Organic Vitamin C vs Synthetic Vitamin C - What is the difference?
Vitamin C has always been promoted as one of the most important micronutrients we need to ensure to get from our diet or a supplement. It’s often regarded as a crucial component to immune health and the prevention of infections.
But, is there a difference between getting it from an orange or camu camu berries and a synthetic supplement? Let’s find out.
What is Vitamin C?
Also known as ascorbic acid, vitamin C is a water-soluble vitamin, meaning it easily dissolves in water and gets delivered to your body’s tissues and cells. This also means it’s not well stored so you need to take it daily to obtain optimal levels.
It was discovered in 1933, but it’s been long recognized as a compound that helps treat scurvy, a disease that killed over two million sailors between 1500 and 1800. Nowadays, we’re well aware of the powerful and important health benefits of vitamin C and how adequate daily intake as well as deficiencies can drastically affect your overall health and healing.
Benefits of Vitamin C
Vitamin C plays a variety of important roles in your body, some of which include:
- Controls infections
- Helps heal wounds
- Helps improve memory and cognition
- Helps fight and neutralize free radicals and their harmful effects (as an antioxidant)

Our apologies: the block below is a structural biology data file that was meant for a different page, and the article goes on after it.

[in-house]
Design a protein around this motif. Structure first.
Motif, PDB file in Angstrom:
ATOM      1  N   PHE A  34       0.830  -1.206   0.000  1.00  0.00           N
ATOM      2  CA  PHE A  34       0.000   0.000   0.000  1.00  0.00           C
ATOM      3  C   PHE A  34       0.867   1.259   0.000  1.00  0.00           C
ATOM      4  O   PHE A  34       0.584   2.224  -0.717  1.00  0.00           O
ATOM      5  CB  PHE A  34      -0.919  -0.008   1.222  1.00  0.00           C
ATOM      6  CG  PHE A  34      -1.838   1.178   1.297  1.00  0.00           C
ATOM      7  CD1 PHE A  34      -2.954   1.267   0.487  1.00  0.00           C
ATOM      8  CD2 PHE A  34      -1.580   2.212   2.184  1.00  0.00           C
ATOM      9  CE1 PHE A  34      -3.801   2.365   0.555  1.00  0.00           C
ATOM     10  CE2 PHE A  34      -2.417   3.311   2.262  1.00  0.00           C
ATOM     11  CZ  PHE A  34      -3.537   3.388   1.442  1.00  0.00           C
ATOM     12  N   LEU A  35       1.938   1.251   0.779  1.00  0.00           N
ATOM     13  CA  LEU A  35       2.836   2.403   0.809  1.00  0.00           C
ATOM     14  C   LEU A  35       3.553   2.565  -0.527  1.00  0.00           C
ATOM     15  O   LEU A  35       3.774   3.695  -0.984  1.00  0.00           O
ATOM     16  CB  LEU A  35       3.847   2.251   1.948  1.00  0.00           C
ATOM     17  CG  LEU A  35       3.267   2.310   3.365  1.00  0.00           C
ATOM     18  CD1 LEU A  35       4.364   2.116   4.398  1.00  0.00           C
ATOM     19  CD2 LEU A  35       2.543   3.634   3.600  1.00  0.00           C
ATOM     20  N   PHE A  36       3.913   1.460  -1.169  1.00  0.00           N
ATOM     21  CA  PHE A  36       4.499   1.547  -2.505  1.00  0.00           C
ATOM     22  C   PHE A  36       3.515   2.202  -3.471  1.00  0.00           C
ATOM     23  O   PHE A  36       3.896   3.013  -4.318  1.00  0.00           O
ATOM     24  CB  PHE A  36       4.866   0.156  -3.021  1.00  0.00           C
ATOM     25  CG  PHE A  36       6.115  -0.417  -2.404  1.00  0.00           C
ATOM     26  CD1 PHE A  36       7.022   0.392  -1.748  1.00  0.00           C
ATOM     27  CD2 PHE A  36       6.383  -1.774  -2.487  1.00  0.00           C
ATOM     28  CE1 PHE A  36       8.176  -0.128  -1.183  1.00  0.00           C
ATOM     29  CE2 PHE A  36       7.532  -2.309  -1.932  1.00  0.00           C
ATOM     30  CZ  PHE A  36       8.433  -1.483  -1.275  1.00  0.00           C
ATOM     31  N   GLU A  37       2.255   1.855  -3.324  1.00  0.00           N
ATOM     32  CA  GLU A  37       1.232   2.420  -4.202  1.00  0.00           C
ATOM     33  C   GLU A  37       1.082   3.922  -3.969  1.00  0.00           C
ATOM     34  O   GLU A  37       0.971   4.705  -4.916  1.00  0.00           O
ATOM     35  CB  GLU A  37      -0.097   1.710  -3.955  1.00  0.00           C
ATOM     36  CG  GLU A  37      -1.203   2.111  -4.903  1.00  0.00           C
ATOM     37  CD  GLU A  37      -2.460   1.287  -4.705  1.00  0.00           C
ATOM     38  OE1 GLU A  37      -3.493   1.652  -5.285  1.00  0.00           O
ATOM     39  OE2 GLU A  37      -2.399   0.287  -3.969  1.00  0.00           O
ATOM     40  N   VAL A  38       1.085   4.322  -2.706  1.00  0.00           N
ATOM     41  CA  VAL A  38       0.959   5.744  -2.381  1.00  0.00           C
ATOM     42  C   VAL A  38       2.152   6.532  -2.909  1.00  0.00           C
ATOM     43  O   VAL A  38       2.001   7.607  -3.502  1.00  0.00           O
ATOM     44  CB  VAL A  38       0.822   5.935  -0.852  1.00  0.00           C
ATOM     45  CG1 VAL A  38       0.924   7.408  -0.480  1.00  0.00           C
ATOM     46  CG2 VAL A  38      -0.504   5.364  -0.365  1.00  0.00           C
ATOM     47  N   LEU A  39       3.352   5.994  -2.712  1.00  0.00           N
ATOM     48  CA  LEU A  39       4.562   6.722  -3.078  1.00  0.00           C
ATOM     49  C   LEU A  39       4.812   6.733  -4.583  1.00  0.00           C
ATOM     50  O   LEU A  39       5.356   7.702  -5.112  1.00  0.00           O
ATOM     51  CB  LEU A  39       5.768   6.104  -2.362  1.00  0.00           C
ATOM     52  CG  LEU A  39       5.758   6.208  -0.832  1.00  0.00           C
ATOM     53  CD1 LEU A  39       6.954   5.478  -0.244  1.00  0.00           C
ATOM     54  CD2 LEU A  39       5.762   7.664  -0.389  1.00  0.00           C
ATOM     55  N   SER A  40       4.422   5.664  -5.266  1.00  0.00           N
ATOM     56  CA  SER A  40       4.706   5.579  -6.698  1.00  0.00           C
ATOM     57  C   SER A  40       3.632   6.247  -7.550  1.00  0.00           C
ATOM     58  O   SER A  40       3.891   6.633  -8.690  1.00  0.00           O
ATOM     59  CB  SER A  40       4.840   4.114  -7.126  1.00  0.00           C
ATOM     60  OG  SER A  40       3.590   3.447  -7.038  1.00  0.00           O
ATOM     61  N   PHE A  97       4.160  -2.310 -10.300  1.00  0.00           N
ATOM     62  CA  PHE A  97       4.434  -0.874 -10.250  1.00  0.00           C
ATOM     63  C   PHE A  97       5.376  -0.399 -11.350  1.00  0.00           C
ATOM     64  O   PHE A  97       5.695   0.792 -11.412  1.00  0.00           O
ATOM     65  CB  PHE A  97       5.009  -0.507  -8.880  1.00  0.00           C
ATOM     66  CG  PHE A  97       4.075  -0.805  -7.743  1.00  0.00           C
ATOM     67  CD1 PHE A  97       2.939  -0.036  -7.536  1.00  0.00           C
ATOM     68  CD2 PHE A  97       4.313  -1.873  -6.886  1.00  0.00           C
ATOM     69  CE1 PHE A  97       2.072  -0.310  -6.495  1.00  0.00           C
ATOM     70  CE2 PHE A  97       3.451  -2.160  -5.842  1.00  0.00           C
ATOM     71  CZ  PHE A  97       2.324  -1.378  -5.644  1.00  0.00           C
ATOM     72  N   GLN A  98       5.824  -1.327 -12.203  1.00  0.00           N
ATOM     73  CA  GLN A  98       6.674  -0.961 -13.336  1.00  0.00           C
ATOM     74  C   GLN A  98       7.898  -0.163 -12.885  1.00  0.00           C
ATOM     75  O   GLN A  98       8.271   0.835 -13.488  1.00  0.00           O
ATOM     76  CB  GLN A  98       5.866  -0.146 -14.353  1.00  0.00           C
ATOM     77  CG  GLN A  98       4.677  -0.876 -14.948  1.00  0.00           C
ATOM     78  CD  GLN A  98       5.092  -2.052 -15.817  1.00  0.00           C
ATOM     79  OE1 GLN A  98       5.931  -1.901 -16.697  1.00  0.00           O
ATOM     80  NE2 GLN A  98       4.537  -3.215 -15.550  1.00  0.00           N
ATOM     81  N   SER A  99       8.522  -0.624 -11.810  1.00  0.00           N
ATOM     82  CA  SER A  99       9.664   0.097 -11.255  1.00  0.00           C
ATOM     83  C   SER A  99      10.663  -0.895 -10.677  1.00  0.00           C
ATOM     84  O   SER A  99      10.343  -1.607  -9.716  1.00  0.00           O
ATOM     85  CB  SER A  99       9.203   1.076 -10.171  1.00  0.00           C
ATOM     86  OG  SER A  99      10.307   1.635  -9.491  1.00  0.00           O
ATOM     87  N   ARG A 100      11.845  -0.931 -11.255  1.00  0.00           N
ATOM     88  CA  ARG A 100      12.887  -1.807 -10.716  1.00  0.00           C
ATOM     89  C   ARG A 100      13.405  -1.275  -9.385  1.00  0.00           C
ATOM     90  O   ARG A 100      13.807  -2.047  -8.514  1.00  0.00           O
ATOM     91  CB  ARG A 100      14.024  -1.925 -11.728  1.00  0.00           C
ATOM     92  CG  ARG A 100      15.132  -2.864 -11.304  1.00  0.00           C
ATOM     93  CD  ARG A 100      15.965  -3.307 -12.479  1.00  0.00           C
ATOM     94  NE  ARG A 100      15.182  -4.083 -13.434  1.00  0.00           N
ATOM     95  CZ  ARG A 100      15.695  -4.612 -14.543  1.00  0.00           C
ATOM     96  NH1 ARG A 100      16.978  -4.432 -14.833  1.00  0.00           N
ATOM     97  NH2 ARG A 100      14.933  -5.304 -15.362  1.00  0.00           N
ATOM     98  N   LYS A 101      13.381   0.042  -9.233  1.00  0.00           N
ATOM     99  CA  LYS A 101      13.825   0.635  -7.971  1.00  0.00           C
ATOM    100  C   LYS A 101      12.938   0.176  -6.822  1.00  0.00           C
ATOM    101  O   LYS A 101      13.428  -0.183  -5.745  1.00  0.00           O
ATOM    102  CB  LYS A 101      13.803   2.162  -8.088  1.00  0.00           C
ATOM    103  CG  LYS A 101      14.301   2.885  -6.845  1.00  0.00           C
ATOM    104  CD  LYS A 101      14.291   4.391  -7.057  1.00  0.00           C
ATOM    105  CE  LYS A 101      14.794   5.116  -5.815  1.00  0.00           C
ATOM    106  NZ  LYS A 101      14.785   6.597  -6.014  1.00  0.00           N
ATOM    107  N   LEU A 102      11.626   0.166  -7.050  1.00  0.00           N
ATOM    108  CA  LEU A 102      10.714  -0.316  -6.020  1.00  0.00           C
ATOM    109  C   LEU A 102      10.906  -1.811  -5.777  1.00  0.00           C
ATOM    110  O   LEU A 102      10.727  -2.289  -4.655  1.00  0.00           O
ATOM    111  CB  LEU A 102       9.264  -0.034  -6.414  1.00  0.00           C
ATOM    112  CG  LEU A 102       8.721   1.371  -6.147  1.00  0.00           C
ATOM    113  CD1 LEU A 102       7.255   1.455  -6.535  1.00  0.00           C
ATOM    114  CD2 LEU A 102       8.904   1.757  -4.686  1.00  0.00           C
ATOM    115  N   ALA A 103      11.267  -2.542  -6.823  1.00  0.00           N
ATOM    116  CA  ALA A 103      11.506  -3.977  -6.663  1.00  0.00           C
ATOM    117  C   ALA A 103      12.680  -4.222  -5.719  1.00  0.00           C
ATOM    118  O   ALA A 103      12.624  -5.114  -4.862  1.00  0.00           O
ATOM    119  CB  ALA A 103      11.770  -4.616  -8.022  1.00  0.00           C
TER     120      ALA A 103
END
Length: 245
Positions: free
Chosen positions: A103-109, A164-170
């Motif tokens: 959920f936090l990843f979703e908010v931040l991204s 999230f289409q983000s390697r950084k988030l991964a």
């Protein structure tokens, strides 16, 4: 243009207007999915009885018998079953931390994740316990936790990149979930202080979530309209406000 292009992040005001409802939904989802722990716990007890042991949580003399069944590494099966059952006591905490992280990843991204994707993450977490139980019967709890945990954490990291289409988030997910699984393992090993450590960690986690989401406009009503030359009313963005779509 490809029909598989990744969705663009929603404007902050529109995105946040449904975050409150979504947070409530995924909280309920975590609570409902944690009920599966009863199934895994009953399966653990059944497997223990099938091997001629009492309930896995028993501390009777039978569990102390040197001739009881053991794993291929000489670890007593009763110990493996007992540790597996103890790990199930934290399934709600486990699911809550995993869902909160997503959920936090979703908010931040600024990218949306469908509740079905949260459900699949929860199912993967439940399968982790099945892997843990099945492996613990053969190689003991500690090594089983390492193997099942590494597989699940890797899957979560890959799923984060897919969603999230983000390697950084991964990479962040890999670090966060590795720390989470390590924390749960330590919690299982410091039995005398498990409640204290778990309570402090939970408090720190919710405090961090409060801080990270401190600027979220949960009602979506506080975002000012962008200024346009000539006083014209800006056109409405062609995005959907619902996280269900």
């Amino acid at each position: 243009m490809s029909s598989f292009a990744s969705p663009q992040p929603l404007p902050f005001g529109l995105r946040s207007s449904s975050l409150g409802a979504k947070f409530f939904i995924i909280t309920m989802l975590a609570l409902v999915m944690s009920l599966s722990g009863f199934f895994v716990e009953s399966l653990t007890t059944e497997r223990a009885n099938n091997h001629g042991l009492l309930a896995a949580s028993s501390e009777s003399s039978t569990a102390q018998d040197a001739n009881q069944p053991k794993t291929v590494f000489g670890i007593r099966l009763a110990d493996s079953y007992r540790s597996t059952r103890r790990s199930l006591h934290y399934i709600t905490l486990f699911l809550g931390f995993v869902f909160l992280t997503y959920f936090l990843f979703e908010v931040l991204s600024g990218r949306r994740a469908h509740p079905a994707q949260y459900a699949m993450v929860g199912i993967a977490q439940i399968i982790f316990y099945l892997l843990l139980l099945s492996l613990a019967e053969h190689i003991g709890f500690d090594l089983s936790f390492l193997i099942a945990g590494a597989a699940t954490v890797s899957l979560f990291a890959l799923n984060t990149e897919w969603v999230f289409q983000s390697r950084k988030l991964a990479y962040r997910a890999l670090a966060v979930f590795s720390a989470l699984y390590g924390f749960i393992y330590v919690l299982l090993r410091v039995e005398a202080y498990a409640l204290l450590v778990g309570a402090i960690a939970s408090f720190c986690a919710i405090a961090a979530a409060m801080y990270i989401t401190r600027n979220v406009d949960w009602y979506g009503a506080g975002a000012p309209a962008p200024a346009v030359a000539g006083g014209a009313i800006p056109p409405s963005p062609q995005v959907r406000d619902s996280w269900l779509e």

- Helps make collagen in your body, one of the most important proteins in your connective tissues, nails, and hair
- May help lower blood pressure
- May lower LDL cholesterol and triglycerides
- May help reduce uric acid and protect against gout, a very painful inflammation of the joints
- Helps improve the absorption of iron
Vitamin C Deficiency
The recommended daily intake for vitamin C is 90 milligrams for adult men and 75 milligrams for adult women, with the tolerable upper intake level being 2000 mg. These numbers are just benchmarks as there are plenty of factors that can play a role in whether or not you need more than just this basic number. If you’re pregnant, lactating, or physically active, you might need more vitamin C to keep it in your system.
Although rare, vitamin C deficiency still affects around 7% of adults in the US. That’s mostly due to a poor diet that’s low in vegetables and fruits, alcoholism, eating disorders, smoking, mental illness, certain medications, and dialysis. It develops slowly so some of the symptoms might be hard to notice until it’s already too late. Still, pay attention to rough and bumpy skin, red hair follicles, corkscrew-shaped body hair, fingernails with red spots and lines, easy bruising, slow healing wounds, swollen joints, weak bones, bleeding gums, and overall poor immunity.
Although these are very vague symptoms and can potentially be linked to a variety of different conditions, they should not be neglected. If you notice at least one of the symptoms, have your doctor run some tests.
Luckily, there are plenty of ways to get vitamin C from your diet, as well as taking a vitamin C supplement and meeting your daily numbers, so experiencing symptoms of deficiency should really be hard to achieve.
Organic Vitamin C
Natural vitamin C found in fruits and vegetables is its organic version and your body absorbs it through your diet. Some of the highest sources of organic vitamin C include: